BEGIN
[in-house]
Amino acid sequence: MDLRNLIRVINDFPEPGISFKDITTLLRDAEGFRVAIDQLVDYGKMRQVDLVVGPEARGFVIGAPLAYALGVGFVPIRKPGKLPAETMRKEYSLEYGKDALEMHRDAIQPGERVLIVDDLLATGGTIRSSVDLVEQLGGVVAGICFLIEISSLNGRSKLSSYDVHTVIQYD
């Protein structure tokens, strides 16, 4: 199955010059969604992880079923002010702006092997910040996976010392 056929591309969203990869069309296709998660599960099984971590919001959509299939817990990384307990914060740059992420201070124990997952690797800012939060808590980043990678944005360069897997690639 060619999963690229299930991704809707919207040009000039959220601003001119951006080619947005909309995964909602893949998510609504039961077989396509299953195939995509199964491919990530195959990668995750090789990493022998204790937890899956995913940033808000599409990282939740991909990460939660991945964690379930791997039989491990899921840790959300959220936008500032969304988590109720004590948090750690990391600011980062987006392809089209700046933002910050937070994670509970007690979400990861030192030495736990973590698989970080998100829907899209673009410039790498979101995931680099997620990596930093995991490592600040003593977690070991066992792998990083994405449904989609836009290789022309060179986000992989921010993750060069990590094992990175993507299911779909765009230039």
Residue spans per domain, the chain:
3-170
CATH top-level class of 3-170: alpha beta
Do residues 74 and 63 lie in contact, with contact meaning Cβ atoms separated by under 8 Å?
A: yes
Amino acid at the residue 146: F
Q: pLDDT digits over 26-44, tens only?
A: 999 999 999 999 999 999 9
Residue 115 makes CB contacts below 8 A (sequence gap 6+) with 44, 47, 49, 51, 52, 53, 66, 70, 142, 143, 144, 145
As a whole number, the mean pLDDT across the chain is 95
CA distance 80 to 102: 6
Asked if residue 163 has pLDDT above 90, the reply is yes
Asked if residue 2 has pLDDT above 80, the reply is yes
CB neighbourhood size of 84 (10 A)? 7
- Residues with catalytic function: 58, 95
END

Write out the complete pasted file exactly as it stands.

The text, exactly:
[in-house]
Amino acid sequence: MDLRNLIRVINDFPEPGISFKDITTLLRDAEGFRVAIDQLVDYGKMRQVDLVVGPEARGFVIGAPLAYALGVGFVPIRKPGKLPAETMRKEYSLEYGKDALEMHRDAIQPGERVLIVDDLLATGGTIRSSVDLVEQLGGVVAGICFLIEISSLNGRSKLSSYDVHTVIQYD
């Protein structure tokens, strides 16, 4: 199955010059969604992880079923002010702006092997910040996976010392 056929591309969203990869069309296709998660599960099984971590919001959509299939817990990384307990914060740059992420201070124990997952690797800012939060808590980043990678944005360069897997690639 060619999963690229299930991704809707919207040009000039959220601003001119951006080619947005909309995964909602893949998510609504039961077989396509299953195939995509199964491919990530195959990668995750090789990493022998204790937890899956995913940033808000599409990282939740991909990460939660991945964690379930791997039989491990899921840790959300959220936008500032969304988590109720004590948090750690990391600011980062987006392809089209700046933002910050937070994670509970007690979400990861030192030495736990973590698989970080998100829907899209673009410039790498979101995931680099997620990596930093995991490592600040003593977690070991066992792998990083994405449904989609836009290789022309060179986000992989921010993750060069990590094992990175993507299911779909765009230039």
Residue spans per domain, the chain:
3-170
CATH top-level class of 3-170: alpha beta
Do residues 74 and 63 lie in contact, with contact meaning Cβ atoms separated by under 8 Å?
A: yes
Amino acid at the residue 146: F
Q: pLDDT digits over 26-44, tens only?
A: 999 999 999 999 999 999 9
Residue 115 makes CB contacts below 8 A (sequence gap 6+) with 44, 47, 49, 51, 52, 53, 66, 70, 142, 143, 144, 145
As a whole number, the mean pLDDT across the chain is 95
CA distance 80 to 102: 6
Asked if residue 163 has pLDDT above 90, the reply is yes
Asked if residue 2 has pLDDT above 80, the reply is yes
CB neighbourhood size of 84 (10 A)? 7
- Residues with catalytic function: 58, 95